LAKE FOREST, Ill. (AP) — Jordan Spieth already has won 14 times around the world, which already places him in unique territory. Over the last 75 years, Jack Nicklaus and Tiger Woods are the only other players to have at least 10 victories and three majors before turning 25.
That’s only part of the Spieth profile.
Nearly as impressive are the 15 times he has finished runner-up, which Spieth sees more as opportunity than any measure of failure.
“I know you’re indifferent when you’re asking the question, but I think of it positively,” he said Wednesday. “There’s been that many tournaments that I’ve been in the thick of things and truly had a chance to win.”
That includes the last two FedEx Cup playoff events.
Spieth lost in a playoff on Long Island when Dustin Johnson smashed a 343-yard drive and a hit a wedge to 4 feet for birdie. Then, he was tied for the lead at the TPC Boston with five holes to play until Spieth missed two greens with long irons and Justin Thomas didn’t miss hardly anything in a three-shot victory.
There are worse times of the year to settle for second.
Those consecutive runner-up finishes elevated Spieth to No. 1 in the FedEx Cup going into the BMW Championship, and that’s not a bad place to be. He is assured of being among the top five seeds who only have to win the Tour Championship next week to capture the $10 million bonus.
“If I finish runner-up this week, unless one of two other people win, I will have accomplished the goal of being No. 1 going into East Lake,” he said.
Johnson and Thomas are the players to whom he referred, and that’s only part of the battle at Conway Farms.
The primary goal of the 70-man field is to finish in the top 30 and get to East Lake for the Tour Championship, where everyone has a mathematical shot at capturing the FedEx Cup and its lucrative prize.
The top five seeds have the best odds, though Bill Haas at No. 25 won it in 2011.
Haas is on the bubble this year at No. 30, a few spots behind Jason Day, who said Wednesday he will use friends to caddie the rest of the year instead of Colin Swatton, his longtime coach and the only caddie he has ever had on tour.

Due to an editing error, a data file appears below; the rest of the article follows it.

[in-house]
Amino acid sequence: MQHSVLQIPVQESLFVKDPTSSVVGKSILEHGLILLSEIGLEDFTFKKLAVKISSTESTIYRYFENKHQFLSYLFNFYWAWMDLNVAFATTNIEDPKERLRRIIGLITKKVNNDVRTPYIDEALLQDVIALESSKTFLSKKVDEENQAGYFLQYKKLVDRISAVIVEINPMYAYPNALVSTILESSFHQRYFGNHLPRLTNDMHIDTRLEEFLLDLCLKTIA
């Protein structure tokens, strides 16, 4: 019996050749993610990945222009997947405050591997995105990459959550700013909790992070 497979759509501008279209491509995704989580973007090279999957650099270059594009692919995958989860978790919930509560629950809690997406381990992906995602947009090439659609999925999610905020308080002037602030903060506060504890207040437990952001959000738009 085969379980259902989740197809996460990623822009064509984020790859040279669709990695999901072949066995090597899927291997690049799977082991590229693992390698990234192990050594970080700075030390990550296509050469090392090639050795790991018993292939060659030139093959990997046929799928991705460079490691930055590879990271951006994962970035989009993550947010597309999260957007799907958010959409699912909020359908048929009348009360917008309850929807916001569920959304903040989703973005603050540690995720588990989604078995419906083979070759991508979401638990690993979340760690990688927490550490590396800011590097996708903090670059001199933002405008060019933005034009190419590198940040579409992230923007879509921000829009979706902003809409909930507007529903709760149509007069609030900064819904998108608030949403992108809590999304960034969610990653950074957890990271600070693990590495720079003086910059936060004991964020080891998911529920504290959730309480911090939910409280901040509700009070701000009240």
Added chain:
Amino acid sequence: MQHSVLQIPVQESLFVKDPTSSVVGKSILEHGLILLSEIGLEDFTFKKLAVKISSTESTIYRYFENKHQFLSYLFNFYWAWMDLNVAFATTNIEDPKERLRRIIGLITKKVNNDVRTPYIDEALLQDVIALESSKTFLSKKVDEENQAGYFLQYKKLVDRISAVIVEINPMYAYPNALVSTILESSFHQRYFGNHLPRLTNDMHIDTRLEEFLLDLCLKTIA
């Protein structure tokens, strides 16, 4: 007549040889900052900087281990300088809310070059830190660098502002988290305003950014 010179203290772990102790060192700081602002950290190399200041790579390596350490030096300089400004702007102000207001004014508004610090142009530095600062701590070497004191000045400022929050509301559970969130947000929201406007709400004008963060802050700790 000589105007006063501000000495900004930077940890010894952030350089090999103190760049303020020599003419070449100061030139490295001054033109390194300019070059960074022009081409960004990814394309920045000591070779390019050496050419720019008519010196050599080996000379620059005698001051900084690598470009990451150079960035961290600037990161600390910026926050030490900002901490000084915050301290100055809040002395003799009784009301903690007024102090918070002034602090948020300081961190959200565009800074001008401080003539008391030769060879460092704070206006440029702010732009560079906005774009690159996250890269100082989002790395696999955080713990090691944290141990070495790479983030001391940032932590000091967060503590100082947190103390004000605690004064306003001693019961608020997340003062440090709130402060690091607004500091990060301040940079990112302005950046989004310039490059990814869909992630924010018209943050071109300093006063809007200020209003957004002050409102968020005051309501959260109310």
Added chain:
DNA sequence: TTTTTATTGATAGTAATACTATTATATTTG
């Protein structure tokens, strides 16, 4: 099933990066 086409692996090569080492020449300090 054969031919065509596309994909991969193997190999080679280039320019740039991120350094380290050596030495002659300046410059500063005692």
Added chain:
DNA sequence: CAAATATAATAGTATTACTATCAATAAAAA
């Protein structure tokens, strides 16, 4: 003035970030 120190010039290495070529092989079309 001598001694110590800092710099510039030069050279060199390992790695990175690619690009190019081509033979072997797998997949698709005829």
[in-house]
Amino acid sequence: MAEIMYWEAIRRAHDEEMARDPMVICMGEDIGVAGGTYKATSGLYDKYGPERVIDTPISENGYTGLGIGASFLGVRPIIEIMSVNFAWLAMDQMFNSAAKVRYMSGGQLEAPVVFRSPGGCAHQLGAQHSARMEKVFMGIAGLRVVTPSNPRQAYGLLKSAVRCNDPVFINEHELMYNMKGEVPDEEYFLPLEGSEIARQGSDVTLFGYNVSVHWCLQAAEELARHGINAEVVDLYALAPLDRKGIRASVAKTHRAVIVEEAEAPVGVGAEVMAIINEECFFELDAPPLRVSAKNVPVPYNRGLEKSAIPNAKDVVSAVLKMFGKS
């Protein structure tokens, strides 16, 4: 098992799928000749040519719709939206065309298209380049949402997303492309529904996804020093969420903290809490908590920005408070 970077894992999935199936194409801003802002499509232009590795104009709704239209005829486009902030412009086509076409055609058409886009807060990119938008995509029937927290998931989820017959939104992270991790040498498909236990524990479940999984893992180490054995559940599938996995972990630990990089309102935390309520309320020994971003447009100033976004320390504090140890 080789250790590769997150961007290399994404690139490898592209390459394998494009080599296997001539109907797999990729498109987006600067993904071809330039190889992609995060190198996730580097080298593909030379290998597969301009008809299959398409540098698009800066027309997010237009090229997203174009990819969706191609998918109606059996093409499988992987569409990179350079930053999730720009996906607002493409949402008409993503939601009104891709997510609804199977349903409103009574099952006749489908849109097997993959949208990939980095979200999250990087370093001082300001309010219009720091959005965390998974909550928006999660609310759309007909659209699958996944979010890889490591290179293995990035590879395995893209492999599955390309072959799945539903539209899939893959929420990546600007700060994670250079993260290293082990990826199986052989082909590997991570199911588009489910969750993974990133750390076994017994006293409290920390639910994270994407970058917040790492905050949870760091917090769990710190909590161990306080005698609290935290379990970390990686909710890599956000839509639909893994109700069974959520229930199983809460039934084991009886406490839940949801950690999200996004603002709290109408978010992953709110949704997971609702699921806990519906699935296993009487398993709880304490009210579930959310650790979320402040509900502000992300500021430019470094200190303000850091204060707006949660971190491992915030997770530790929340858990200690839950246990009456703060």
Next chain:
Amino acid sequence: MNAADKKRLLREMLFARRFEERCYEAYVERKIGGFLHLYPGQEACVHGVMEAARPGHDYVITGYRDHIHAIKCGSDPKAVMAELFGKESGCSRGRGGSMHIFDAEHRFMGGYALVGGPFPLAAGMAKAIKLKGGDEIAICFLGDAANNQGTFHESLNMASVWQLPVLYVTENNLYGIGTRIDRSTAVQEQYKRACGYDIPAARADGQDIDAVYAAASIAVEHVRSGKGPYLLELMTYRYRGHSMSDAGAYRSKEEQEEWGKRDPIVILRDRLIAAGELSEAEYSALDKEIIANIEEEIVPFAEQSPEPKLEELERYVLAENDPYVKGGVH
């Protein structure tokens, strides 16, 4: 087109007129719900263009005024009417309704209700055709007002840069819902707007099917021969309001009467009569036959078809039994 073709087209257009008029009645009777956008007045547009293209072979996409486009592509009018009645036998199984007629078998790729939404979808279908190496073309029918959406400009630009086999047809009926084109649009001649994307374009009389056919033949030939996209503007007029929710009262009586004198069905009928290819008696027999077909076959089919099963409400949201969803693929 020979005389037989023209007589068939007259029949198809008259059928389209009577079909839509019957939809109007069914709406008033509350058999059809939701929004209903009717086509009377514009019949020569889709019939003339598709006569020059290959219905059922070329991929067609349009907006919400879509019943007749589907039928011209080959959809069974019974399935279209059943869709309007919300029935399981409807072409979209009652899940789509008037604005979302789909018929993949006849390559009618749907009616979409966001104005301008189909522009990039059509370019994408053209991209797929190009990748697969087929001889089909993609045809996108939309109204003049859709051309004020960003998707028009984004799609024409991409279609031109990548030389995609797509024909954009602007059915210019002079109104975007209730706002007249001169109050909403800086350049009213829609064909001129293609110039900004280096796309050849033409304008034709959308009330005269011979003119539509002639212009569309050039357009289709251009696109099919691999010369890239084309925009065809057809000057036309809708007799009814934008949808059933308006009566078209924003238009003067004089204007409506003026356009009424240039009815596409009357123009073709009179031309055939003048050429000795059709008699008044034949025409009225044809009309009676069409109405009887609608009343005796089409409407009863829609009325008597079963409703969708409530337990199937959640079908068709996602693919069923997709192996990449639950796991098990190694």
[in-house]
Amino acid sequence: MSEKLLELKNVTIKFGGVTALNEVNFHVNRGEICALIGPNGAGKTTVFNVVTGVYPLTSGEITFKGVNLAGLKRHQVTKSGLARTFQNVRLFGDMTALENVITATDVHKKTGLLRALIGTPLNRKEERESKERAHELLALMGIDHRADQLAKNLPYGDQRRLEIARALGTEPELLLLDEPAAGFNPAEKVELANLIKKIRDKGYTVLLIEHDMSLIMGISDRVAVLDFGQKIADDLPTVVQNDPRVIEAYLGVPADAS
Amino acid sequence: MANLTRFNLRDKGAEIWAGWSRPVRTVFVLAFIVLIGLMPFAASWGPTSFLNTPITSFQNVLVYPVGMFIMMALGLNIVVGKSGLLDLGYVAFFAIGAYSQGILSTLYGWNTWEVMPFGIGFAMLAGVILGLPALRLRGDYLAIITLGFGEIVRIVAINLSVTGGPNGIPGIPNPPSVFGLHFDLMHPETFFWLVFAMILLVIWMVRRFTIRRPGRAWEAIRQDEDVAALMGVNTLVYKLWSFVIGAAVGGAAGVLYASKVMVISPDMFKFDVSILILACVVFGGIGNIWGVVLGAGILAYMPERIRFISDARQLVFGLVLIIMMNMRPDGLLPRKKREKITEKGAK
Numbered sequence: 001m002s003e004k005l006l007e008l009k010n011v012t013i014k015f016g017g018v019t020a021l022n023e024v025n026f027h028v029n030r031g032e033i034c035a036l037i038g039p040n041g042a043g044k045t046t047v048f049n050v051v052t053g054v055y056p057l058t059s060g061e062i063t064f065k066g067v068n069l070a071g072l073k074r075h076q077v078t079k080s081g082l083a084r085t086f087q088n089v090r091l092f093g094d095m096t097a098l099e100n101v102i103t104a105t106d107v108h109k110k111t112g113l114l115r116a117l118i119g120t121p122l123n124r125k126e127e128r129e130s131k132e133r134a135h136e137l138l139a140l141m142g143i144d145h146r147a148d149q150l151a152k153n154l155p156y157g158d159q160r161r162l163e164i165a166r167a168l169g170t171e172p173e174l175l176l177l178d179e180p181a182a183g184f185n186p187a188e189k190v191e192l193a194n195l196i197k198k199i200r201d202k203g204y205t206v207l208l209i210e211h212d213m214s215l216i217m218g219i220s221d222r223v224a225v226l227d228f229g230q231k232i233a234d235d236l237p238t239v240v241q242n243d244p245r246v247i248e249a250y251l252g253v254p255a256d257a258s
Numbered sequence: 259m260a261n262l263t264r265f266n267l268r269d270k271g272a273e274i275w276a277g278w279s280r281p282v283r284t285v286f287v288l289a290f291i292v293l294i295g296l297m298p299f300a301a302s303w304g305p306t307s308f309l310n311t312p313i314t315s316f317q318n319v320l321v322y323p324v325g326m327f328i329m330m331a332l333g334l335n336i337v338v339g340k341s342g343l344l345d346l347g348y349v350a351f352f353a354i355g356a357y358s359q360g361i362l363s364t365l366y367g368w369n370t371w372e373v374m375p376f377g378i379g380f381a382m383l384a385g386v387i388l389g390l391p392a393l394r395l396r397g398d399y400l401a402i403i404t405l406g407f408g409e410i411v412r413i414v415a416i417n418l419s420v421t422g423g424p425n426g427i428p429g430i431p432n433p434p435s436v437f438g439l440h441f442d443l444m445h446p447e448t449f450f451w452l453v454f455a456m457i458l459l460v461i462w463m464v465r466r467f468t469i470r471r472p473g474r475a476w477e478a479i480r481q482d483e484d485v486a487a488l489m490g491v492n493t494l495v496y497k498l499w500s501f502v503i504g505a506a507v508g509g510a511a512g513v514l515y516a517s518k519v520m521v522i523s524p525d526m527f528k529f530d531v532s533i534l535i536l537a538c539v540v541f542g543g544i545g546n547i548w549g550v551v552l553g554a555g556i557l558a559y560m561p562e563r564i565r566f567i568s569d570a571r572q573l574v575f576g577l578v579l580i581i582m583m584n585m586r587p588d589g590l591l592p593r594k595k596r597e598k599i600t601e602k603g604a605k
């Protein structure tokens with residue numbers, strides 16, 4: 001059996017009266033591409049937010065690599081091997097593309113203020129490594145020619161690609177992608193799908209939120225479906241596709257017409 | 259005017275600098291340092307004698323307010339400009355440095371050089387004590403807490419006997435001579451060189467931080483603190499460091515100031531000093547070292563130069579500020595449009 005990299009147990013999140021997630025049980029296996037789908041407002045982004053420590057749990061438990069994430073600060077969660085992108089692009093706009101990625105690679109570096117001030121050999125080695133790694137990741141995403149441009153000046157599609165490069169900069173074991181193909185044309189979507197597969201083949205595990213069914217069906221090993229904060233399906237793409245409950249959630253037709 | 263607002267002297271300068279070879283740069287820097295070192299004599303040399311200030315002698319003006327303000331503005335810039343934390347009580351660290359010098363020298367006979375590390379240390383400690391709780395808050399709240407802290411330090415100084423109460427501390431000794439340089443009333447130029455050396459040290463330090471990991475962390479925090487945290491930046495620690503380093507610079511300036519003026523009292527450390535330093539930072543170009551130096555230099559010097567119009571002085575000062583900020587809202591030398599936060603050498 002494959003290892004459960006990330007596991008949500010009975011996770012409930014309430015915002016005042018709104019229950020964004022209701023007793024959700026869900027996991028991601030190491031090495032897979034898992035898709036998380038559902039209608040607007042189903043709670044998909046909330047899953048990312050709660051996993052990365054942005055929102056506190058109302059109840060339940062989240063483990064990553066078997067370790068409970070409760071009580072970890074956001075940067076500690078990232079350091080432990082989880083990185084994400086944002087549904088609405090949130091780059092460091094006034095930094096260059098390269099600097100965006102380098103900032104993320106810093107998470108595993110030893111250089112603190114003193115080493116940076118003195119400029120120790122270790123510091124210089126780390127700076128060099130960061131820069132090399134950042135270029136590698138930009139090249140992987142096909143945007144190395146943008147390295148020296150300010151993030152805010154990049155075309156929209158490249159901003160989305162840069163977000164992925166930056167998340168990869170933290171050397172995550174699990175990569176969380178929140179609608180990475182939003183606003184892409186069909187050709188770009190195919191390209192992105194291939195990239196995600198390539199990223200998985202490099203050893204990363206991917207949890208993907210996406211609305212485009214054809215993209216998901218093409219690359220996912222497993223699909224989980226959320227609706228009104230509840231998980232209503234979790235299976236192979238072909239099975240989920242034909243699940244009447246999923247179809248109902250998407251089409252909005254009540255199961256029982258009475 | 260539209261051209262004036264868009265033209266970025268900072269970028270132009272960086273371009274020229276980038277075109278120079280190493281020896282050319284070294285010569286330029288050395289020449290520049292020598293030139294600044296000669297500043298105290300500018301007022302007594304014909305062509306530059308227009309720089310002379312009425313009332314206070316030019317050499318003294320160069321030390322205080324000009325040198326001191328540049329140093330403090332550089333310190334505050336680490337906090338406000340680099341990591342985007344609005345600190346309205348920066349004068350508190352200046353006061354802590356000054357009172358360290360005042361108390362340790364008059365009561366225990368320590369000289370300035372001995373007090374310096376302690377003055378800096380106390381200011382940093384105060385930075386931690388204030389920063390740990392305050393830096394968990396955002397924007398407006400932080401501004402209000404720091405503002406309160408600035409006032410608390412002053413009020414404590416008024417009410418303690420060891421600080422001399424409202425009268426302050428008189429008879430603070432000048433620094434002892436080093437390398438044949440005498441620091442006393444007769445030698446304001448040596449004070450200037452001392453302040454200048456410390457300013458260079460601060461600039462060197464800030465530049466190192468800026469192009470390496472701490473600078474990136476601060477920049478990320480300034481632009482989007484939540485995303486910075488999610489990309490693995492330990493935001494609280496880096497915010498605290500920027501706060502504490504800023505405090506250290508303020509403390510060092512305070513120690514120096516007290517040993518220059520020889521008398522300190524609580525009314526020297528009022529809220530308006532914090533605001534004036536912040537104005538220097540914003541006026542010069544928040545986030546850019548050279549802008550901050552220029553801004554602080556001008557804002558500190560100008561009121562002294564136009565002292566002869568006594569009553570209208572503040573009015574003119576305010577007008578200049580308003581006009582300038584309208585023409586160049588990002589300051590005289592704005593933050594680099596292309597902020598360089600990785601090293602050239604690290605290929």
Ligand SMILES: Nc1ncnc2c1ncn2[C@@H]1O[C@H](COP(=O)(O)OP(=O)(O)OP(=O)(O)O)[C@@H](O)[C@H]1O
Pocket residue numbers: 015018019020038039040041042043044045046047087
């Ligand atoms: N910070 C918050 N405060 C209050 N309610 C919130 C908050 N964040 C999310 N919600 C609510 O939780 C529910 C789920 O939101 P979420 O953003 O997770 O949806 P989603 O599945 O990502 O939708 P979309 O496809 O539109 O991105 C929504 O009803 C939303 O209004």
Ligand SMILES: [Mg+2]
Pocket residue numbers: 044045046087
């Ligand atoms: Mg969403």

Right behind Haas are a pair of rookies, Mackenzie Hughes and Xander Schauffele, both PGA Tour winners this year, both wanting a lot more.
Spieth can’t recall a time in his career — pro or amateur — when he was runner-up at three straight tournaments. The was runner-up in consecutive weeks in Texas in 2014, losing in a playoff in Houston and by four shots at the Texas Open, and then following that up with a wire-to-wire victory at the Masters.
Then again, he’s not the only player in good form.
Johnson is finally back to full health from his back injury on the eve of the Masters, having rallied to beat Spieth at The Northern Trust and starting the final round of the Dell Technologies Championship three shots behind until he never recovered from a slow start.
Thomas has won twice in his last three starts, the other at the PGA Championship for his first major. Thomas already has five victories this year and would be a shoo-in for PGA Tour player of the year provided Spieth doesn’t win the last two tournaments to claim the FedEx Cup.
They have been close friends since they were 14. Thomas said he was motivated by Spieth more when Thomas was in college and couldn’t compete against him. That’s not the case as much now.
“I want to win because I like to,” he said.
Spieth looks at opportunity to win. Equally amazing to his 15 runner-up finishes in just five years as a pro is that in nine of them he either lost in a playoff or finished one shot behind. It speaks to a bigger picture of identifying the staying power of the best in golf.
Rory McIlroy, for example, has 21 victories and 20 runner-up finishes in his career. Johnson has 16 victories and 10 runner-up finishes.
“I don’t know what Tiger’s amount was, but I imagine first versus second was significant,” Spieth said with a smile.
For his career, Woods has 91 victories and 37 runner-up finishes. In the majors, Woods has 14 victories and six second-place finishes. Spieth has played 128 events as a pro. Woods through 128 starts had 28 victories and 11 seconds.
And then there’s Nicklaus. Along with setting the benchmark of 18 majors, he had 19 runner-up finishes in the Grand Slam events.